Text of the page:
It’s odd, but a Facebook friend can be a better, more thoughtful, more interesting and entertaining friend than some “real life” friends. I don’t know if this means I have really awesome Facebook friends, or could use some new “real life” friends. A friend of mine once posted on Facebook, “Facebook is to a social life what reality television is to reality.”  With so many people saying reality TV isn’t real, I guess this comment is to say that having a social life online isn’t as real as having a social life out and about in your city. I’m not so sure. With all the superficial, shallow conversations going on at parties, I don’t think that you can say that a “Facebook social life” is less real. I’ve had great in depth political or moral debates on Facebook that you’d be hard pressed to have at any cocktail party in town. I’ve also received uplifting words of encouragement and support that have meant a lot to me from Facebook friends. The right words when you need them are a blessing whether they are given through email, a comment on Facebook, text message, Skype, phone call, or in-person. When I’m up working at 3 am, I have Facebook friends who are night owls working hard at odd hours like me who give me a much needed break. I’m not sure that real life friends would appreciate my calling them at 3am for a chat. I think we need to stop discounting our Facebook friendships. They can enrich our lives as much as “real life” friends. These are real people. It’s not like Facebook is a computer game that sends messages from robots. In America’s transient mobile society where friends and family are scattered across the country, or even the globe, we shouldn’t discount our Facebook friends who were once “real life” friends, acquaintances, co-workers, neighbors, roommates, or sorority sisters. And we shouldn’t discount our new friends who we’ve met virtually through friends, or shared interests. When a Facebook friend dies, we shouldn’t feel weird about feeling sad about it.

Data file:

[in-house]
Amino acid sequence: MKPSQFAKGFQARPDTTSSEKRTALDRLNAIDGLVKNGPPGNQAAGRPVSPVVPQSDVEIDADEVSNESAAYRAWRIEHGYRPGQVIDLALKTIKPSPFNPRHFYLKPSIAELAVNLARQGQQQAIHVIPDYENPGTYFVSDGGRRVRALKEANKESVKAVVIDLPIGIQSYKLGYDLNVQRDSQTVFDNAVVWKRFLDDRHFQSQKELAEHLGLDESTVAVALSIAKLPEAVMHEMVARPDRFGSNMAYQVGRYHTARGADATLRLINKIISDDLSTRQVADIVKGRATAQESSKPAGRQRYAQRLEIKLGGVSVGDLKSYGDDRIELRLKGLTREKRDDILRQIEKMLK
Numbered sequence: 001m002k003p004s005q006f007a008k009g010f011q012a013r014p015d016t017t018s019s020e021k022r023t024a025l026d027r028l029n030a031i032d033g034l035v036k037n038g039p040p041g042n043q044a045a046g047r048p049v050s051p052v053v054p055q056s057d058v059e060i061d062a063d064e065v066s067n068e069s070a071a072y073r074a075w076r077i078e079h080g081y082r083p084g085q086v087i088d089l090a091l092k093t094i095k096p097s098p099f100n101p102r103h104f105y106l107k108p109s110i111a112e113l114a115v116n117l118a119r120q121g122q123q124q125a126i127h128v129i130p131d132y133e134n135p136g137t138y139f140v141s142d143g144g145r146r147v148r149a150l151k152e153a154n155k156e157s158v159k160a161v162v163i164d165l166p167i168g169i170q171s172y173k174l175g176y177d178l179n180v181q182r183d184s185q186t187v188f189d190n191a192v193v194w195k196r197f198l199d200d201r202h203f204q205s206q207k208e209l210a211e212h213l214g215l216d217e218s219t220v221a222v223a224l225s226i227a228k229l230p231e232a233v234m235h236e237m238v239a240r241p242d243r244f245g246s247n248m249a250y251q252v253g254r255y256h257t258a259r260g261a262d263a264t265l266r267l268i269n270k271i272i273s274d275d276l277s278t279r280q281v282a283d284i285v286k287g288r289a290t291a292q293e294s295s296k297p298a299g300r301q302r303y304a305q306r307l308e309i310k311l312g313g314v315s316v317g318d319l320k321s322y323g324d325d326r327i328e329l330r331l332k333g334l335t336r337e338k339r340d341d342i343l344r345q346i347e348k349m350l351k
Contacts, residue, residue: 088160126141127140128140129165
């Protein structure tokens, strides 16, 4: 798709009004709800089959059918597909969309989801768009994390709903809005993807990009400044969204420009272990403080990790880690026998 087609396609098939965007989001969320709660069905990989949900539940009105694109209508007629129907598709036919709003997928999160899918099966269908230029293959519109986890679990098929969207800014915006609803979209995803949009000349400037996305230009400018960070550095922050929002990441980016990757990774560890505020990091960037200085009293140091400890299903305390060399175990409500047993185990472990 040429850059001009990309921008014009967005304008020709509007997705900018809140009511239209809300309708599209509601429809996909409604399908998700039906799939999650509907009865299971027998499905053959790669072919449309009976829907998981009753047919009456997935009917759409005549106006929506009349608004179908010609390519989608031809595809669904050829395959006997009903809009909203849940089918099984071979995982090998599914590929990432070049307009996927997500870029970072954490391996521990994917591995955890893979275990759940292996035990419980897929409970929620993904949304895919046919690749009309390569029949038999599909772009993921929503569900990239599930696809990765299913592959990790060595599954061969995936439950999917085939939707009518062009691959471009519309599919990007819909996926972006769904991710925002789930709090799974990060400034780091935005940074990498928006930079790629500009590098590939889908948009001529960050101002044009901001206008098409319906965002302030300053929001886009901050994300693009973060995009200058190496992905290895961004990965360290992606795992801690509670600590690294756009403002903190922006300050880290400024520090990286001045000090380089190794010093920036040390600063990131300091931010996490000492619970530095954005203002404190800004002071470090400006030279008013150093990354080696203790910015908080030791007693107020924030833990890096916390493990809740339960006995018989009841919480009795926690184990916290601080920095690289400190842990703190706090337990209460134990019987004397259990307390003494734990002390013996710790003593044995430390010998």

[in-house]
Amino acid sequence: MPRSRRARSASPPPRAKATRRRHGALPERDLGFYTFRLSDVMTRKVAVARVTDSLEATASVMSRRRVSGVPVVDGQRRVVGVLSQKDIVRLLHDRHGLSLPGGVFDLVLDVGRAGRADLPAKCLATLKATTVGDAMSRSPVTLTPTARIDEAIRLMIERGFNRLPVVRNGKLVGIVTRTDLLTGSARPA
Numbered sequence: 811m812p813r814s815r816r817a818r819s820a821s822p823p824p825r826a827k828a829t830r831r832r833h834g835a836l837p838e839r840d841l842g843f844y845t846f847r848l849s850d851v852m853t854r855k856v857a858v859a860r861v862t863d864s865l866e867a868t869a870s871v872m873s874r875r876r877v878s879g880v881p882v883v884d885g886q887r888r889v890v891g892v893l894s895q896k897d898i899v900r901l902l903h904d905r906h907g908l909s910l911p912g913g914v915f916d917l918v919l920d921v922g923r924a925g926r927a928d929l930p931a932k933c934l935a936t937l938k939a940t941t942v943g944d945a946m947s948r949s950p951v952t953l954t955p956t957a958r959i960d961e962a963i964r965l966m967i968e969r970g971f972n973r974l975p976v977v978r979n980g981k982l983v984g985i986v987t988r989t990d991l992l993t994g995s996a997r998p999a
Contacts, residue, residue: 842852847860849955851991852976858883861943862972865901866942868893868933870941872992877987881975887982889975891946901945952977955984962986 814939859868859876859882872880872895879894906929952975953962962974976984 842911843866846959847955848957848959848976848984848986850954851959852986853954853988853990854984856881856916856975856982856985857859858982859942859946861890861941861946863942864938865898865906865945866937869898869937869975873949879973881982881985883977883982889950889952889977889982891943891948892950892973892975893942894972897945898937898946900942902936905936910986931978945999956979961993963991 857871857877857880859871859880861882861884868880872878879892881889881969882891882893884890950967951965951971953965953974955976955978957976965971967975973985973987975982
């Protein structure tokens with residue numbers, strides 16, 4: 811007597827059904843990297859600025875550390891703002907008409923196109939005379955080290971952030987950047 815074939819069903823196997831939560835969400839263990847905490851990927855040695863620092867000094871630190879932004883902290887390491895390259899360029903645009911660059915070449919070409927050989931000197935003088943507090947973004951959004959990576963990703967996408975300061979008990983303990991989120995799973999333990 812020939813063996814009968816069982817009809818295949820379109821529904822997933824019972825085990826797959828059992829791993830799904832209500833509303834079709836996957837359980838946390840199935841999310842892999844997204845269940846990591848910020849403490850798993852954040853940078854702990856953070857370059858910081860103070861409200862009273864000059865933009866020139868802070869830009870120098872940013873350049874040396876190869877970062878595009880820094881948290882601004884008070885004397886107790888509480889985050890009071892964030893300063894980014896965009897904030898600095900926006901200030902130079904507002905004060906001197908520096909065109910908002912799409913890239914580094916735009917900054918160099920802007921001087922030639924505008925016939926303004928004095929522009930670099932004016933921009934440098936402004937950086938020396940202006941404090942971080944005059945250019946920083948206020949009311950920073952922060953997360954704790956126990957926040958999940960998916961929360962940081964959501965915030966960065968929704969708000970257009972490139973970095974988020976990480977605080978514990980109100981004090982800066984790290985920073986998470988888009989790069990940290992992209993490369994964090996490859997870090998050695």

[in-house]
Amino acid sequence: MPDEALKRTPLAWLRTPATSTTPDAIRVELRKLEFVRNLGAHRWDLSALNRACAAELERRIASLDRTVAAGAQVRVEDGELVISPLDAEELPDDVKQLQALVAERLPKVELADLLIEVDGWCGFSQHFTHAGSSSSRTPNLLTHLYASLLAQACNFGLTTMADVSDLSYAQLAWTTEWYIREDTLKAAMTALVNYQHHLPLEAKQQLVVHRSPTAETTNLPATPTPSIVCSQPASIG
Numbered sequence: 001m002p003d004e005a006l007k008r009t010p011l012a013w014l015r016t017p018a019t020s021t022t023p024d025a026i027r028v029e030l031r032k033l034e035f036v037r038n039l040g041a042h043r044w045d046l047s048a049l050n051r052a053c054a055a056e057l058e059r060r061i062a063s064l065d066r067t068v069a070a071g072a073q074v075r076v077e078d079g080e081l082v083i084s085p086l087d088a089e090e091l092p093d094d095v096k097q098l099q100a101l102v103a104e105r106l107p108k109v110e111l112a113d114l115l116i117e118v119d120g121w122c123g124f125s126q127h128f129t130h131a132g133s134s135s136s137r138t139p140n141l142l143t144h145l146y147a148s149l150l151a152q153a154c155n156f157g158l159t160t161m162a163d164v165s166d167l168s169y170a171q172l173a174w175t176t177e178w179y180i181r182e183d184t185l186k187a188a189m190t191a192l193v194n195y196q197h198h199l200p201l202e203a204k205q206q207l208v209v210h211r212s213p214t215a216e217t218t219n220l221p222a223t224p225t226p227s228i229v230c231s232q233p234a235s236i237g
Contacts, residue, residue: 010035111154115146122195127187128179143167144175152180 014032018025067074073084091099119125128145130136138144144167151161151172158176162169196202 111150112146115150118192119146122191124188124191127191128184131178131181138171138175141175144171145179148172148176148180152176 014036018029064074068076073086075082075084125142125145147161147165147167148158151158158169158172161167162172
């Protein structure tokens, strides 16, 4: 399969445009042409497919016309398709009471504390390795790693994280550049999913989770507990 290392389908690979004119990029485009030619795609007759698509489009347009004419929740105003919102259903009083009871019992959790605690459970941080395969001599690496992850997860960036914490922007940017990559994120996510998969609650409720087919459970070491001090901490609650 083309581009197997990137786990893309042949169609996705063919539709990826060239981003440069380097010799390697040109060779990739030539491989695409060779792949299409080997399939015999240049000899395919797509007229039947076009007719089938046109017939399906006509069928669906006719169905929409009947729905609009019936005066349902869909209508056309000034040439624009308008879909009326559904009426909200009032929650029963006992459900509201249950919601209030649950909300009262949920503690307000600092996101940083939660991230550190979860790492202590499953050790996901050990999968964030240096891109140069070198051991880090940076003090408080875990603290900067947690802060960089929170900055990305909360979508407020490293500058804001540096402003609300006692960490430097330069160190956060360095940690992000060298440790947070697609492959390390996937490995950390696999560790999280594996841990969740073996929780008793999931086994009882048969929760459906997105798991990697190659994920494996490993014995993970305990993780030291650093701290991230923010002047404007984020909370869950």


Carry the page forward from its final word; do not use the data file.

Perhaps, someone will invent a Facebook funeral — something better than just posting on a page–where virtual friends can watch the funeral service, pay their respects and commiserate. Until then, here is what happens when someone dies:

According to Skuggen.com, here is what options you have when someone you love passes away:

Facebook will memorialize the person’s profile so that:

  • Only approved friends can view your profile
  • Only approved friends can leave messages in the profile
  • The deceased does not appear under “Suggestions”

Family and friends will be able to use the Facebook profile as a scrapbook, where they can leave their memories and thoughts, and post old photos of the deceased to remember the life. Facebook requires, among other things, that death is documented via a link to a news article or an obituary on the web. It is even more difficult to close the profile of a deceased person. Facebook’s Privacy Policy claims that they can close an account if they receive a formal request from the user’s next of kin or other proper legal request to do so. However, there is no information about how to proceed to do so. And even if one finds out, the information in the profile will not be deleted, it will only be made unavailable. No matter what happens, Facebook will not give away your password to your relatives. Therefore, you shouldn’t need to worry that someone will read your personal messages.

– Miss A